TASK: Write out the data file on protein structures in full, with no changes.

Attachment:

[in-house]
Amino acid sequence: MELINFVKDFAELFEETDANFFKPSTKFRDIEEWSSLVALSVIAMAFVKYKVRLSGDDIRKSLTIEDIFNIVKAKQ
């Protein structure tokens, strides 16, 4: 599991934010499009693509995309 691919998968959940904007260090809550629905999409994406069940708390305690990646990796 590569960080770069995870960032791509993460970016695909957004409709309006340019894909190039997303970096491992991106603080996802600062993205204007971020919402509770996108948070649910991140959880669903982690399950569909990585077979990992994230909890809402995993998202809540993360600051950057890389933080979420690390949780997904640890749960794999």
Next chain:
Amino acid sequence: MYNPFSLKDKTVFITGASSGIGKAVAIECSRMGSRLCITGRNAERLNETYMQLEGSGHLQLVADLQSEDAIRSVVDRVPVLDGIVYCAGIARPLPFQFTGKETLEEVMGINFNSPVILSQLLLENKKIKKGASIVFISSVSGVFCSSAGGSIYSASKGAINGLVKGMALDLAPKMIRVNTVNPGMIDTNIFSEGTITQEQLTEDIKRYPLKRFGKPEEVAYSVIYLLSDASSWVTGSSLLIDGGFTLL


[in-house]
Amino acid sequence: MELINFVKDFAELFEETDANFFKPSTKFRDIEEWSSLVALSVIAMAFVKYKVRLSGDDIRKSLTIEDIFNIVKAKQ
């Protein structure tokens, strides 16, 4: 599991934010499009693509995309 691919998968959940904007260090809550629905999409994406069940708390305690990646990796 590569960080770069995870960032791509993460970016695909957004409709309006340019894909190039997303970096491992991106603080996802600062993205204007971020919402509770996108948070649910991140959880669903982690399950569909990585077979990992994230909890809402995993998202809540993360600051950057890389933080979420690390949780997904640890749960794999």
Next chain:
Amino acid sequence: MYNPFSLKDKTVFITGASSGIGKAVAIECSRMGSRLCITGRNAERLNETYMQLEGSGHLQLVADLQSEDAIRSVVDRVPVLDGIVYCAGIARPLPFQFTGKETLEEVMGINFNSPVILSQLLLENKKIKKGASIVFISSVSGVFCSSAGGSIYSASKGAINGLVKGMALDLAPKMIRVNTVNPGMIDTNIFSEGTITQEQLTEDIKRYPLKRFGKPEEVAYSVIYLLSDASSWVTGSSLLIDGGFTLL